Other developers aim to bring the energy and convenience of city living to an urban setting. For some, that means building onsites close to transit, so residents can commute easily to downtown jobs. The Marq, for instance, is about a block from the Metra station in Lisle.
Projects near train stations also tend to be easier to finance than those that aren't.
"If you have a transit-oriented site, you'll get a lot of equity looking at it," says Tony Rossi Sr., president of Itasca-based M&R Development. "That's what all the institutions want."
Ironically, only about a tenth of renters in transit-oriented suburban developments actually take the train to work, DeVries says. What many really want is to be within walking distance of good restaurants, shops and especially grocery stores—things they can get in the city.
That's one reason suburbs with big downtowns stand out as development hot spots. Evanston has added more apartments than any other Chicago suburb, 1,079, since 2015, followed by Oak Park, with 1,056, according to Integra.
"The renter in the suburbs wants walkability," says Anderson of Focus, which recently completed the Link Evanston, a 242-unit project in the north suburb's downtown. "It's never going to be like the city, but they want something that approximates that."
Focus also has tried to approximate that with the Atworth, a 260-unit project that opened in 2018. Though it's not close to a train station and lacks an urban vibe, the development is attached to Mellody Farm, a new 270,000-square-foot shopping center that includes a Whole Foods Market and 11 restaurants. Being able to go grocery shopping or for dinner without getting into a car is a big draw for many renters, Anderson says.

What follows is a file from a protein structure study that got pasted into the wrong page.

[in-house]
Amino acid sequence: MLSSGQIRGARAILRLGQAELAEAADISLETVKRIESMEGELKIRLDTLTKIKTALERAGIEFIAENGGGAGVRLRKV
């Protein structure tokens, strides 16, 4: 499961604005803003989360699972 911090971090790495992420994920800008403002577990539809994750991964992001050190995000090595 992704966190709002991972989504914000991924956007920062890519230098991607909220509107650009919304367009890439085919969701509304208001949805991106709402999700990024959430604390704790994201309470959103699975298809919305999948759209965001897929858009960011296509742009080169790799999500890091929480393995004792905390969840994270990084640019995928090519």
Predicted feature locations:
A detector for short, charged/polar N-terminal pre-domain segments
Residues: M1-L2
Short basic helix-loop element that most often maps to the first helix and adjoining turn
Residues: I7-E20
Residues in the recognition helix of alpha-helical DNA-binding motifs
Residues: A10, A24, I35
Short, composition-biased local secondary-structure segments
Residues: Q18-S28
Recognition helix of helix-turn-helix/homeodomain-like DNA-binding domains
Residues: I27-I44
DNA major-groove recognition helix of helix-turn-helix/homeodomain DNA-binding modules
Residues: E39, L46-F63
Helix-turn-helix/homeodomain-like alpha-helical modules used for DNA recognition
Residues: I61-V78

The suburban apartment market has been on a roll for several years, though it has advanced at a slow and steady pace compared with frenzied growth that has tranSFormed downtown Chicago. The average net suburban rent was $1.48 per square foot in the third quarter, up 1.5 percent from a year earlier, according to Integra. A typical 900-square-foot suburban apartment now rents for $1,332 per month, up from $963 at the beginning of 2010, representing a 3.3 percent annual increase.
Developers haven't spoiled the party in the suburbs by overbuilding. Suburban Chicago is so vast, and the developments have been so spread out, that the supply of new apartments has not overwhelmed demand.
Developers are drawing up plans for more than 13,000 apartments in the suburbs, though DeVries expects completions to drop to about 2,500 units next year. One reason: Rising construction costs and property taxes have made it harder to finance new projects, he says.
Developers, who have profited handsomely by selling new projects for big sums, are also finding it harder to cash out because many apartment investors are wary of the state's precarious fiscal condition, DeVries says.
"There are not as many buyers out there that are willing to invest in Illinois," he says.
That, too, could curb development. After all, if businesses find it harder to sell their product, they will make less of it.
This article original appears in Crain's Chicago Business.